“There have been 15-16,000 complaints about negativity that bounced back on the performance, but believe me, I'm in the thick of it and negativity is in the minority.
"The positive response was huge. Thank you very much, that everyone who supported and showed love stood by what we did."
Shocking: Ofcom's complaints under Diversity's split rate hit 23,308 Tuesday – and were nearing the most protesting TV moment of the decade
He added, “Everyone who came in and checked that we are okay, thank you too.
& # 39; We are good, we feel positive, proud, happy and confident and we stand by every single decision we have made for this achievement.
“If I'm being honest with you, to be able to stand on stage, put diversity in the spotlight as a judge on the jury, stand up for something and use our art to hold nationwide conversations, what could I do do a creative and an artist ask for more?
"To entertain, to get people to talk, to evoke emotions, that's all I could have asked for. I'm proud and, as I said, I stand by it. Many thanks to everyone who shows their positive attitude."
Sharing his decision to stay positive in the face of racist trolls, he continued, “After this performance everything we saw was, I don't know, sometimes overwhelmingly negative, which is difficult.
"But anyway, like I said, I'm strong and I feel so happy with what we've done. If that's what it takes, that's a price I'm absolutely willing to pay."
Ashley then fully described the dance routine, noting that Diversity gave a "roundup of 2020" with her performance themes such as Lockdown, COVID-19, NHS, George Floyd's death, and Black Live's Matter movement.
"It was layered, it was something we wanted to bring on stage to bring hope, but also not to shy away from difficult conversations and difficult problems that came up," he said of the dance.
“That was precisely why the question was whether Britain's Got Talent was the right platform, one that I just can't get on board with.
“If an artist or creative can't use real, universal subjects to inspire their art and figure out how to express it, what is it about?
Widespread: Britain's Got Talent second semi-finals drew 4.95 million viewers just a week after its first show sparked backlash among viewers
& # 39; Britain & # 39; s Got Talent has been a stage for so many incredible artists, artists and talents eager to express all kinds of emotions and views and stories, human.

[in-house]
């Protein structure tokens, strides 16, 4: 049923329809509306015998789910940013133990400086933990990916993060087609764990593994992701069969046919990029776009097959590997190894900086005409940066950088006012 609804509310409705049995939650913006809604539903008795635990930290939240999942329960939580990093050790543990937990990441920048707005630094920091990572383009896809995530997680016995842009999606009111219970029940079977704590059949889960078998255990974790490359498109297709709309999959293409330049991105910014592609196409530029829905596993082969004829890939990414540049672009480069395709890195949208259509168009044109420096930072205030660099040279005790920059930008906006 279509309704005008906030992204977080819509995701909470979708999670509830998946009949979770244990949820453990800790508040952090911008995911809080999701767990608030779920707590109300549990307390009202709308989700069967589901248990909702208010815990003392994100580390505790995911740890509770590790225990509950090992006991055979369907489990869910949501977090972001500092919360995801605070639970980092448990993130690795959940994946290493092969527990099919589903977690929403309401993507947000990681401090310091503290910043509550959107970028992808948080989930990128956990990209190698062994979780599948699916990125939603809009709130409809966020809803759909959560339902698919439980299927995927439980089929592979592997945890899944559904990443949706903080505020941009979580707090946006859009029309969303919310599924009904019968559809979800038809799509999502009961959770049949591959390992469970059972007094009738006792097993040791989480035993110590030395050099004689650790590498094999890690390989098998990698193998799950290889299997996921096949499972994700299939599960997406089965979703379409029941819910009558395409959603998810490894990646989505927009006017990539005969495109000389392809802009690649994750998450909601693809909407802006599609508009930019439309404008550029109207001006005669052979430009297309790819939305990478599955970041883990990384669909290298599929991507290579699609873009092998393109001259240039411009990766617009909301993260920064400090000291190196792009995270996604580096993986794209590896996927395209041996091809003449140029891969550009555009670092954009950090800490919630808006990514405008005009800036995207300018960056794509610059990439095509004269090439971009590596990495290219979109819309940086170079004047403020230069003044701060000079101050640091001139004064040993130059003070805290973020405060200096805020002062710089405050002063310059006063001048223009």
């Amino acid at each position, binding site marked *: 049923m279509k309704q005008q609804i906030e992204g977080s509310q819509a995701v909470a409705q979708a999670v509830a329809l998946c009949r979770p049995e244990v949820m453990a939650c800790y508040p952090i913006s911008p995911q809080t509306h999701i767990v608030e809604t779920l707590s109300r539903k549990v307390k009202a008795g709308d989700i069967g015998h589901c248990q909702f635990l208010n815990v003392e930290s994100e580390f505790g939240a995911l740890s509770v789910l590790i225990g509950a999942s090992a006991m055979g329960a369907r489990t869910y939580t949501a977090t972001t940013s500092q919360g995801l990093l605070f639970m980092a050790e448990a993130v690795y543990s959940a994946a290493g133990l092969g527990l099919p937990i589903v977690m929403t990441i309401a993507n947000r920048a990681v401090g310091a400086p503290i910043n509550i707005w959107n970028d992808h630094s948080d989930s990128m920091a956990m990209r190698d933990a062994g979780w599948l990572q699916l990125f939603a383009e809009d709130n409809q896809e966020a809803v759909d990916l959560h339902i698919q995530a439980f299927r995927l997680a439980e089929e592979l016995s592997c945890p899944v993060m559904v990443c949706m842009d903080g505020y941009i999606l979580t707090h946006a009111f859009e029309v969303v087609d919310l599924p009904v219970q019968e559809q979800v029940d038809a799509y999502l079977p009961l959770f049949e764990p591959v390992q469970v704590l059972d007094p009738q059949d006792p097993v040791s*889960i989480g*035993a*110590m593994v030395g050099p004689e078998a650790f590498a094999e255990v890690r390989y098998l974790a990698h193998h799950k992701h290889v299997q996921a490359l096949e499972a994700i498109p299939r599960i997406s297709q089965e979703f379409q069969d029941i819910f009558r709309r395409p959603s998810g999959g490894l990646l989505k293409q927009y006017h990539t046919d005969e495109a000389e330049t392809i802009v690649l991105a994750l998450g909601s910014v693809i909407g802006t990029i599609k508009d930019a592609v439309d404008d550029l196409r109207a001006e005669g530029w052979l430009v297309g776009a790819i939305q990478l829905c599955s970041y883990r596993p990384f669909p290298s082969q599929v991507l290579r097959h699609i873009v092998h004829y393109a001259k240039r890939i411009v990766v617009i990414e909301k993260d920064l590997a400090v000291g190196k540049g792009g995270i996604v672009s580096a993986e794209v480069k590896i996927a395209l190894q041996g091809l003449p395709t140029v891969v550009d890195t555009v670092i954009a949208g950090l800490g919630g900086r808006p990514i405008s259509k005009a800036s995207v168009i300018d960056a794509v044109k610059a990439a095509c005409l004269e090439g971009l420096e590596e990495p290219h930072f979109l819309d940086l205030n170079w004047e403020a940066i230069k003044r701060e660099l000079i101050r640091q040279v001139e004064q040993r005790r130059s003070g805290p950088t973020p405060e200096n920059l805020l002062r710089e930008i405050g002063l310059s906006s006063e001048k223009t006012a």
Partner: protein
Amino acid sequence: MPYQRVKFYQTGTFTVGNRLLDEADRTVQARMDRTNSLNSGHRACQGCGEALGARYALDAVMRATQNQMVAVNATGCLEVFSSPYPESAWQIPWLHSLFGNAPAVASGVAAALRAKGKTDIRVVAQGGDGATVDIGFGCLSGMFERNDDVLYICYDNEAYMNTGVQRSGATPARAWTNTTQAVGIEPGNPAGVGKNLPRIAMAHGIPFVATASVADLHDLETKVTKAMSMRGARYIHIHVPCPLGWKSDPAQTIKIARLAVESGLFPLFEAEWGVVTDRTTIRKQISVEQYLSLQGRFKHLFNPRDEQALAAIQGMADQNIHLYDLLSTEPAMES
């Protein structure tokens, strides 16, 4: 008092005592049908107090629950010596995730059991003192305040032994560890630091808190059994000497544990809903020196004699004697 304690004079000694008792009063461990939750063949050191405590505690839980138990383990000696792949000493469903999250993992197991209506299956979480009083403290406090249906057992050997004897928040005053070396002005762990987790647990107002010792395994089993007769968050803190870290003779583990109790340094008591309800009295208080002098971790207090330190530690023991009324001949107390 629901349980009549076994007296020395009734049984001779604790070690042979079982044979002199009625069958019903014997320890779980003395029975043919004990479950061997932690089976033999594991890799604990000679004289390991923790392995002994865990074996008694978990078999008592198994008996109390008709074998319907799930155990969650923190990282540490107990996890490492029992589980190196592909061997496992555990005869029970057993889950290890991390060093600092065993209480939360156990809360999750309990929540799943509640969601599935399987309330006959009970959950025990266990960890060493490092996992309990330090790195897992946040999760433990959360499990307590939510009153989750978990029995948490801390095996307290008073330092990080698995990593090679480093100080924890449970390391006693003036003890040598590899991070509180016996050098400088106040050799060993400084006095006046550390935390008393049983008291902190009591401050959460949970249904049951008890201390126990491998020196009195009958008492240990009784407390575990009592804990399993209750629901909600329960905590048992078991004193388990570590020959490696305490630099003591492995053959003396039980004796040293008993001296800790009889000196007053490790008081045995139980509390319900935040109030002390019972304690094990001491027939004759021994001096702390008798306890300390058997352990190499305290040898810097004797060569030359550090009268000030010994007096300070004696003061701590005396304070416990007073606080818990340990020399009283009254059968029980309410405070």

“Of course political ideas will flow into performances because they affect us every day, universal things that affect us, that's art; It's an expression of how we are feeling and this phrase of 2020 is just that. & # 39;
He stated that he wanted Diversity's dance to express the “roller coaster of emotions” he and the group had experienced that year, then addressed the portion of the dance dedicated to the Black Lives Matter movement.
“What really seemed to relate to people and to arouse, anger and offend people was the fact that we stood up and said that racism is real and that it must change for us in order for us are tolerant because blacks count lives.
“Well, a lot of people were offended by the political nature of this statement, but we never meant to. Black lives were important long before it was anything political or related to a group of people with a statement.
What is Ofcom and what is impartial?
– The Office of Communications, known as Ofcom, is the government-recognized regulator and competition body for the broadcast, telecommunications and postal industries in the United Kingdom.
– Ofcom has powers in the television, radio, telecommunications and postal sectors and any member of the public can lodge a complaint with the agency.
– Ofcom's main decision-making body is the Board of Directors, which sets the strategic direction of the organization. It has a non-executive chairman, executive directors (including the chief executive) and non-executive directors.
– The executive directs the organization and responds to the board. Ofcom's board of directors meets at least once a month (with the exception of August). Agenda, summary notes, and minutes are regularly posted on Ofcom's website.
– Section 5 of the Ofcom Broacasting Code reads “Impartiality and Accuracy”. This is to ensure that messages in any form are reported with the required accuracy and impartiality.
– Specific requirements for impartiality apply to news and other programs, issues of political or industrial controversy, and issues of current public policy
– This means: “Questions of political or industrial controversy are political or industrial issues that politicians, industry and / or the media debate. Issues related to current public policy need not be the subject of debate, but relate to a policy that is up for discussion or already adopted by a local, regional or national government or by bodies appointed by these public authorities To make politics names, for example non-governmental organizations, relevant European institutions, etc. "